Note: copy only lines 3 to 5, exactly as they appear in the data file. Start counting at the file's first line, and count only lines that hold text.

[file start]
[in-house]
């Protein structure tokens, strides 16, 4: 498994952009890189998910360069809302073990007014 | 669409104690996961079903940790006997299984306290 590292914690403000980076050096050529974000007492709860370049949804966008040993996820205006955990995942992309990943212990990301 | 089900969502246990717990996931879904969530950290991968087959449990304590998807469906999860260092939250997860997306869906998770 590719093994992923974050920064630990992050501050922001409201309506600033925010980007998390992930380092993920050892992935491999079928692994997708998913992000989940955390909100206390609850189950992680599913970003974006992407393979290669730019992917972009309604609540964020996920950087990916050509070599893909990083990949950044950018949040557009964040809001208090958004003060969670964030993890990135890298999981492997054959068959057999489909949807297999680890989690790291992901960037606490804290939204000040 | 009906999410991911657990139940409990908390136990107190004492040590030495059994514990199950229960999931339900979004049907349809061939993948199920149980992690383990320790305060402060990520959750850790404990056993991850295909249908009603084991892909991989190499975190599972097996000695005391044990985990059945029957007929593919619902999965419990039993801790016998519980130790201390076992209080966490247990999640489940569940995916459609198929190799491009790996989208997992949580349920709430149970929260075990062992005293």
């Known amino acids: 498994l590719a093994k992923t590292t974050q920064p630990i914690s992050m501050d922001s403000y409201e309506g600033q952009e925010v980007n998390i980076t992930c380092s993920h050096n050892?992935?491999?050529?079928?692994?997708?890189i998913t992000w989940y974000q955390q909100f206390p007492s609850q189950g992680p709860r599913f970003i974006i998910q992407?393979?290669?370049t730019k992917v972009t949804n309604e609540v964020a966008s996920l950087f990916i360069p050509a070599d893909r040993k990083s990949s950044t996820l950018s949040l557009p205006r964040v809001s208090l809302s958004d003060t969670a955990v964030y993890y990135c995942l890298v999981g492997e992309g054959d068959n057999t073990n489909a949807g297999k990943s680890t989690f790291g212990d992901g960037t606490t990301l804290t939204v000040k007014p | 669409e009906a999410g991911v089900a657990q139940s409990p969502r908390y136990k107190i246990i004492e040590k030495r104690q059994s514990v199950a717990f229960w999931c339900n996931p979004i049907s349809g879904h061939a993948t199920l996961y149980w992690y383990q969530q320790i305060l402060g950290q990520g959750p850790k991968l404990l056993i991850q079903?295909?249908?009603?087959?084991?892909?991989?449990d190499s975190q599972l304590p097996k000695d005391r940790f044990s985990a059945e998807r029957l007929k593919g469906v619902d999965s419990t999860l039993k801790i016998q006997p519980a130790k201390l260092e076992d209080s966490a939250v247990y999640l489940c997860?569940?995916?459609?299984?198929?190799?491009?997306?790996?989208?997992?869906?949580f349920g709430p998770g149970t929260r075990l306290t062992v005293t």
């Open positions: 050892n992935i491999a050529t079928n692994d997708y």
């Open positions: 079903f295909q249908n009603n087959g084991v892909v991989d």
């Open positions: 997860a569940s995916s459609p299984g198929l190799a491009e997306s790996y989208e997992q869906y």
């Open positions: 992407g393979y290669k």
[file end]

């Known amino acids: 498994l590719a093994k992923t590292t974050q920064p630990i914690s992050m501050d922001s403000y409201e309506g600033q952009e925010v980007n998390i980076t992930c380092s993920h050096n050892?992935?491999?050529?079928?692994?997708?890189i998913t992000w989940y974000q955390q909100f206390p007492s609850q189950g992680p709860r599913f970003i974006i998910q992407?393979?290669?370049t730019k992917v972009t949804n309604e609540v964020a966008s996920l950087f990916i360069p050509a070599d893909r040993k990083s990949s950044t996820l950018s949040l557009p205006r964040v809001s208090l809302s958004d003060t969670a955990v964030y993890y990135c995942l890298v999981g492997e992309g054959d068959n057999t073990n489909a949807g297999k990943s680890t989690f790291g212990d992901g960037t606490t990301l804290t939204v000040k007014p | 669409e009906a999410g991911v089900a657990q139940s409990p969502r908390y136990k107190i246990i004492e040590k030495r104690q059994s514990v199950a717990f229960w999931c339900n996931p979004i049907s349809g879904h061939a993948t199920l996961y149980w992690y383990q969530q320790i305060l402060g950290q990520g959750p850790k991968l404990l056993i991850q079903?295909?249908?009603?087959?084991?892909?991989?449990d190499s975190q599972l304590p097996k000695d005391r940790f044990s985990a059945e998807r029957l007929k593919g469906v619902d999965s419990t999860l039993k801790i016998q006997p519980a130790k201390l260092e076992d209080s966490a939250v247990y999640l489940c997860?569940?995916?459609?299984?198929?190799?491009?997306?790996?989208?997992?869906?949580f349920g709430p998770g149970t929260r075990l306290t062992v005293t």
């Open positions: 050892n992935i491999a050529t079928n692994d997708y």
């Open positions: 079903f295909q249908n009603n087959g084991v892909v991989d």